The American Library Association (ALA) today announced six books shortlisted for the esteemed Andrew Carnegie Medals for Excellence in Fiction and Nonfiction, awarded for the previous year’s best fiction and nonfiction books written for adult readers and published in the United States. The two medal winners will be announced at RUSA’s Book and Media Awards Ceremony (BMAs) sponsored by NoveList, during the ALA Midwinter Meeting & Exhibits in Denver, Colorado, on Feb. 11, 2018. As always, RUSA will unveil the winners of the Notable Books List, Reading List, and Listen List selections for best in fiction, nonfiction and audiobooks, and the best reference sources for adult readers.
“The Doomsday Machine: Confessions of a Nuclear War Planner,” by Daniel Ellsberg, published by Bloomsbury.
In a gripping mix of memoir and exposé, Ellsberg recounts with searing specificity long-hidden facts about the U.S. government’s perilously inadequate control of nuclear weapons—an arsenal that endangers all life on Earth—and calls for the dismantling of this Doomsday Machine.
“Killers of the Flower Moon: The Osage Murders and the Birth of the FBI,” by David Grann, published by Doubleday.
Grann’s true-crime history takes readers to early-1920s Oklahoma, where oil was discovered beneath the Osage territory and where members of the Osage Indian Nation were murdered, a riveting story that includes the accruing of power by J. Edgar Hoover and the FBI.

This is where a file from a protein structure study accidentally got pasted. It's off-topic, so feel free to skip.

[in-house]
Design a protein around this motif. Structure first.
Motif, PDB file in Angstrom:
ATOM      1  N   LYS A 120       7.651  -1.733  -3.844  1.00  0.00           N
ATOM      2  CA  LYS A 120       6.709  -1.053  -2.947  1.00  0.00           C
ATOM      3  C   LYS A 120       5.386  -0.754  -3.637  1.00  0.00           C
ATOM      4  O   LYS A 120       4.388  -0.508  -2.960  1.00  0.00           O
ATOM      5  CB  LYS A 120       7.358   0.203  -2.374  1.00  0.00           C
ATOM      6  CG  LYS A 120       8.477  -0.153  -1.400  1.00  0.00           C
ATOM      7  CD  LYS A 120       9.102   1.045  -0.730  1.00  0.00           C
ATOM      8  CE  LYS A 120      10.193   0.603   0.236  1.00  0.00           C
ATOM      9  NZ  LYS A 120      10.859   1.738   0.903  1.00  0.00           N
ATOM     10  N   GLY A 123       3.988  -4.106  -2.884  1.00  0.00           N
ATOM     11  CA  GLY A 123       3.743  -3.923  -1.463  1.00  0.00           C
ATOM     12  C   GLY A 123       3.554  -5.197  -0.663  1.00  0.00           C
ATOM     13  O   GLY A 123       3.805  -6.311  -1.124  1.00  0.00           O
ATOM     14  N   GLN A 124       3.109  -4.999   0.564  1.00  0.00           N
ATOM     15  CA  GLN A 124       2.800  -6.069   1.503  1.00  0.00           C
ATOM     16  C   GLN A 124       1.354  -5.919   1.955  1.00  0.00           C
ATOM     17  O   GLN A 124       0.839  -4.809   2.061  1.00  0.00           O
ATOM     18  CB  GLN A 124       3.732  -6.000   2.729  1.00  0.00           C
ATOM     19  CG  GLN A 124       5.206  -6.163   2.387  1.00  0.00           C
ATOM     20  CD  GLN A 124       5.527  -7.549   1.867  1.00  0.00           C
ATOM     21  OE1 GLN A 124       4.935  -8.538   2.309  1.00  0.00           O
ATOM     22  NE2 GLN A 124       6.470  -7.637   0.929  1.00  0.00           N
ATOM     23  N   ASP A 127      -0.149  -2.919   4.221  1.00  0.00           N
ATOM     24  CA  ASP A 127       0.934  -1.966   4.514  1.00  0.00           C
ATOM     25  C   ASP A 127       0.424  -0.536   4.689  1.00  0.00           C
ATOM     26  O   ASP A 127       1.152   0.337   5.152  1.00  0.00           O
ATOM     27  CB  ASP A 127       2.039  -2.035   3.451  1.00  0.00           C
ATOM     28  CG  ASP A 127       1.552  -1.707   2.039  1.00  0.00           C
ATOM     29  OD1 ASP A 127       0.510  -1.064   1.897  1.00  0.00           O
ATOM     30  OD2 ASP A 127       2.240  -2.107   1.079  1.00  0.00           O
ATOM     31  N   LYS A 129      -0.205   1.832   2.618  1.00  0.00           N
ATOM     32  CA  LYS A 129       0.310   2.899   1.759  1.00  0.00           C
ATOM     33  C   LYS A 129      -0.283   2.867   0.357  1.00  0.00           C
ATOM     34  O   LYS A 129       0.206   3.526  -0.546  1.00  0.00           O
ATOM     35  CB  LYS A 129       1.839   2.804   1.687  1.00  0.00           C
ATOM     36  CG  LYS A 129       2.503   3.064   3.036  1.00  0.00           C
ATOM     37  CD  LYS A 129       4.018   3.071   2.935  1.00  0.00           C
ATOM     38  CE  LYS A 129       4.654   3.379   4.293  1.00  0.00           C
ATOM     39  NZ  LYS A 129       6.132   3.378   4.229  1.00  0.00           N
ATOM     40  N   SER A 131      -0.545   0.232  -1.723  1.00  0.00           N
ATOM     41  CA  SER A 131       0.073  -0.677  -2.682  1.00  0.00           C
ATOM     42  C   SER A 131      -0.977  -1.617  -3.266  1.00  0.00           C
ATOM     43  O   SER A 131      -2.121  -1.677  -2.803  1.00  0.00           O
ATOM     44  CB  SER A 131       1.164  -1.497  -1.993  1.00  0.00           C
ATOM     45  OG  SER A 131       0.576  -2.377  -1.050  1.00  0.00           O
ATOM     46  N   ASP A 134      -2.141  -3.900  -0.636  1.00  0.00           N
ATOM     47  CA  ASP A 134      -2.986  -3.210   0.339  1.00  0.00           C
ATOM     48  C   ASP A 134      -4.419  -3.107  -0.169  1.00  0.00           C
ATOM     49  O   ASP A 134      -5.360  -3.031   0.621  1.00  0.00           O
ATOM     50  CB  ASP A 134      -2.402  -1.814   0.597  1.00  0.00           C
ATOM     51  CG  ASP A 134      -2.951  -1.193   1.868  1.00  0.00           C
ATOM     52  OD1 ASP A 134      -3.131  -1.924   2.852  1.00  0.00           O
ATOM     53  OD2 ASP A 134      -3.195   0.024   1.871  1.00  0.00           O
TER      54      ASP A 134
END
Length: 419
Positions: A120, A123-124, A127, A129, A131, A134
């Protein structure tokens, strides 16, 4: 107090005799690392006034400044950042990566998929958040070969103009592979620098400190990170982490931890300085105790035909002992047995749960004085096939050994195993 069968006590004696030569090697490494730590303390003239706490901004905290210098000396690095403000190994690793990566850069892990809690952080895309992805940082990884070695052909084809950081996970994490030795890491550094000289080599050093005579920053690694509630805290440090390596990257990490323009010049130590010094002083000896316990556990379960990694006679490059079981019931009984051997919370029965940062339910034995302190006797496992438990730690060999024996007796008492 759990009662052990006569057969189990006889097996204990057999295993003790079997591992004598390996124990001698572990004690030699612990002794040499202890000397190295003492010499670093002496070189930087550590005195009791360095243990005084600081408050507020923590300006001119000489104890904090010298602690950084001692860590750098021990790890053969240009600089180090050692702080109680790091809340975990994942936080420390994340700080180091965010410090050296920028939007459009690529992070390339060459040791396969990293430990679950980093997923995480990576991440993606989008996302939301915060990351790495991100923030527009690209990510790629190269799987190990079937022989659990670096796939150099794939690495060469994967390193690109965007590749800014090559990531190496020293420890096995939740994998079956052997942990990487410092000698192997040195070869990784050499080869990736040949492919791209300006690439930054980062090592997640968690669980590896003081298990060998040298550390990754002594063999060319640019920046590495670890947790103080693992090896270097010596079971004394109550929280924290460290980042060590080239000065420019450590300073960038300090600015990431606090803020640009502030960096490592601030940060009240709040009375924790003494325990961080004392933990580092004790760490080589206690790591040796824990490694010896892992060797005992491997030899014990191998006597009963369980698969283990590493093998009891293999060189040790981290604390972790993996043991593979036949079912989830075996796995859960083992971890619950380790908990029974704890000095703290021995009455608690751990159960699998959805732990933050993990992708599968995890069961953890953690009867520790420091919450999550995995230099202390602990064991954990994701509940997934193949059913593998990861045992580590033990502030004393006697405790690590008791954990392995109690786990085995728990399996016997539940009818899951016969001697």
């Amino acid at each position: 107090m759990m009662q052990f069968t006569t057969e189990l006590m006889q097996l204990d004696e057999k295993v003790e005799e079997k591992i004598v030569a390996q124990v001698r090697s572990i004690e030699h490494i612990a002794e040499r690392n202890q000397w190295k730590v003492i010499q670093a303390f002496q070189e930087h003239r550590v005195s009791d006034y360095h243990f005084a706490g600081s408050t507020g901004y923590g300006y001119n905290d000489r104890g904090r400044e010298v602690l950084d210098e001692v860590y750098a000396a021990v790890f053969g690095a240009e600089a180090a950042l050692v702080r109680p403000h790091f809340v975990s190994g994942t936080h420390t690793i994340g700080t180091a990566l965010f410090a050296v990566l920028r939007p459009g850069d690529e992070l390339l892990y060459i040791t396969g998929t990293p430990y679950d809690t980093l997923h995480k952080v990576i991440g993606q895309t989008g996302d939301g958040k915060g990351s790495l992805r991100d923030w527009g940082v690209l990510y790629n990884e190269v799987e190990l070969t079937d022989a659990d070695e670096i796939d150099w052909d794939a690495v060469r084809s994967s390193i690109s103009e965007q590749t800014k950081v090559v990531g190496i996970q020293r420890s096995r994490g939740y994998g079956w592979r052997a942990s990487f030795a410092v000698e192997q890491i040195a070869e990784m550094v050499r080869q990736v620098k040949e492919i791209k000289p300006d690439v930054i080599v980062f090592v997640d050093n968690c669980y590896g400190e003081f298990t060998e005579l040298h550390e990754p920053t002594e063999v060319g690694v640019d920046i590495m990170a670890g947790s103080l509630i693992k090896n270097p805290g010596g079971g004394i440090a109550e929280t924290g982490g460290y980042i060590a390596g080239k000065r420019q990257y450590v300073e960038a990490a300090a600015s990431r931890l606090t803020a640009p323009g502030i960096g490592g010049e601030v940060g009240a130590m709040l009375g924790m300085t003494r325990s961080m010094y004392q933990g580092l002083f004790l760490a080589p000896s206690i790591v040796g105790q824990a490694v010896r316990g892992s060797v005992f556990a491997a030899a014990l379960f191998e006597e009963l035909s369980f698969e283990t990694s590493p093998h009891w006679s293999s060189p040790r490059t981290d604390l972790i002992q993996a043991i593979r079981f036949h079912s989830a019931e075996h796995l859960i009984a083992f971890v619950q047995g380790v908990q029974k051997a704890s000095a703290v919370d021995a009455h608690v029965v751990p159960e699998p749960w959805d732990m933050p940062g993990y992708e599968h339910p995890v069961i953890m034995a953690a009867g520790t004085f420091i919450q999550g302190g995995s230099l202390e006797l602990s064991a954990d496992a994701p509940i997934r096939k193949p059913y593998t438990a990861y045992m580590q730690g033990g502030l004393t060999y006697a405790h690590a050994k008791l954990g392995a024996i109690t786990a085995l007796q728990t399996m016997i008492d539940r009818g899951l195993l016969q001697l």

“You Don’t Have to Say You Love Me: A Memoir,” by Sherman Alexie, published by Little, Brown.
Alexie presents a courageous, enlightening, anguished, and funny memoir told in prose and poetry that pays tribute to his Spokane Indian mother and reveals many complex traumas and tragedies of reservation life, as well as his own struggles.
“Lincoln in the Bardo,” by George Saunders, published by Random House.
Saunders’ boldly imagined, exquisitely sensitive, and sharply funny historical and metaphysical drama pivots on President Lincoln’s grief over the death of his young son, Willie, as the cemetery’s dead tell their stories in a wild and wily improvisation on the afterlife.
“Manhattan Beach,” by Jennifer Egan, published by Scribner.
From New York mobsters to the first woman diver at the Brooklyn Naval Station during WWII to the archetypally motley crew of a merchant-marine ship in U-boat-infested waters, Egan’s insightful and propulsive saga portrays complex and intriguing individuals navigating the rising tides of war.
“Sing, Unburied, Sing,” by Jesmyn Ward, published by Scribner.
In telling the story of a Mississippi family––brother and sister Jojo and Kayla and their troubled mother, Leonie, and their legacy of grief and spiritual gifts, Ward explores unresolved racial tensions and the many ways humans create cruelty and suffering. A novel that is, at once, down-to-earth and magical.